Here's What "Healthy Eating" Looks Like in Different Countries

Lindsey Metrus

When I've gone out to dinner with friends from other countries, they're always astounded by our portion sizes. "Is that entire pan of lasagna just for you?" one friend asked when my one-person serving hit the table. Yes, that infant-size heap of lasagna was intended just for me, and if I was hungry enough, I probably could've eaten the whole thing without too much regret. It's the American way, after all.

Fast food, double cheeseburgers, "extra" whatever, restaurant glasses of soda big enough to bathe in, processed everything, and other striking aspects of food have unfortunately become the norm in America. When compared with other countries that don't necessarily demonstrate such a widespread obesity epidemic, it doesn't take long to figure out why waistlines are expanding faster than the McDonald's menu.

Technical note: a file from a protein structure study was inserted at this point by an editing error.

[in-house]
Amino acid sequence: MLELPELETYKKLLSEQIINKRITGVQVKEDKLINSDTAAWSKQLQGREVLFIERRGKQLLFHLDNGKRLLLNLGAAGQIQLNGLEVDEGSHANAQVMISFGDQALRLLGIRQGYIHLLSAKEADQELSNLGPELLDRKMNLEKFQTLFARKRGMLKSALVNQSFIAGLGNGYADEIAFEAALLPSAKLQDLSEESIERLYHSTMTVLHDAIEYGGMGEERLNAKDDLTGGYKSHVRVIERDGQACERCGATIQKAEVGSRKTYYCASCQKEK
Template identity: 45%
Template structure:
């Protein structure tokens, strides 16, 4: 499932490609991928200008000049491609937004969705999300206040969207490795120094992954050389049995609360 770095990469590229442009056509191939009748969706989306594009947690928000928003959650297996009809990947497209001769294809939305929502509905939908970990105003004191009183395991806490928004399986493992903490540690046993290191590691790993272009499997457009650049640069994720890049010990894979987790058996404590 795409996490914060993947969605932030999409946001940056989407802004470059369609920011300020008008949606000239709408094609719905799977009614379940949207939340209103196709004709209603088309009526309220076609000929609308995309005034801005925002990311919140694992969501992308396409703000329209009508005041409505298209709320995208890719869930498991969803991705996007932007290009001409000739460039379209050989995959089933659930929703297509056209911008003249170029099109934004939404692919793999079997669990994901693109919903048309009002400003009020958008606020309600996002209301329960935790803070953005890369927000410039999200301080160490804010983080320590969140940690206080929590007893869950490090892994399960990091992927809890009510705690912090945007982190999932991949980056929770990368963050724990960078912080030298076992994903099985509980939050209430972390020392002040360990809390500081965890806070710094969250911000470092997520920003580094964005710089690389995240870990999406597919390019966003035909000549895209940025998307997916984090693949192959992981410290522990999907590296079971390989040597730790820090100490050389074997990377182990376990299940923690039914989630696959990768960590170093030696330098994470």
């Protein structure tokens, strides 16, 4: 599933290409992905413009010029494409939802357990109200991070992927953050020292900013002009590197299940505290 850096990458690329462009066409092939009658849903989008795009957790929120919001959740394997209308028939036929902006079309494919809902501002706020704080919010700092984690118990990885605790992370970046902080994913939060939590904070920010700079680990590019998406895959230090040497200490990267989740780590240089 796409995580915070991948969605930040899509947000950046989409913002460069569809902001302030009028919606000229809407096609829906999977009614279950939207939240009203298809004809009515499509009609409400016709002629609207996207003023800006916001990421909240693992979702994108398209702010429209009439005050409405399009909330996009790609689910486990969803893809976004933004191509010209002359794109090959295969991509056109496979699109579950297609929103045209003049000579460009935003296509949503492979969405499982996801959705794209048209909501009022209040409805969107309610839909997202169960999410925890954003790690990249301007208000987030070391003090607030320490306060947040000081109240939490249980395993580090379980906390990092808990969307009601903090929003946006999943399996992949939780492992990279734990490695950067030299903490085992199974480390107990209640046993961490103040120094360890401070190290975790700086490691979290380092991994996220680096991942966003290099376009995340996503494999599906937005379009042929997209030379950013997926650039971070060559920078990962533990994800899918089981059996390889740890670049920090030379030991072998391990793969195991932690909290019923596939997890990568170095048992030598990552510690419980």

But fast food and restaurants aren't the only problem—it's the way in which we eat and prepare food ourselves that's also cause for concern. Just to drive home even further how poor our eating habits have become, we researched the dieting standards of other countries and how they do "healthy eating." Keep scrolling for more info!

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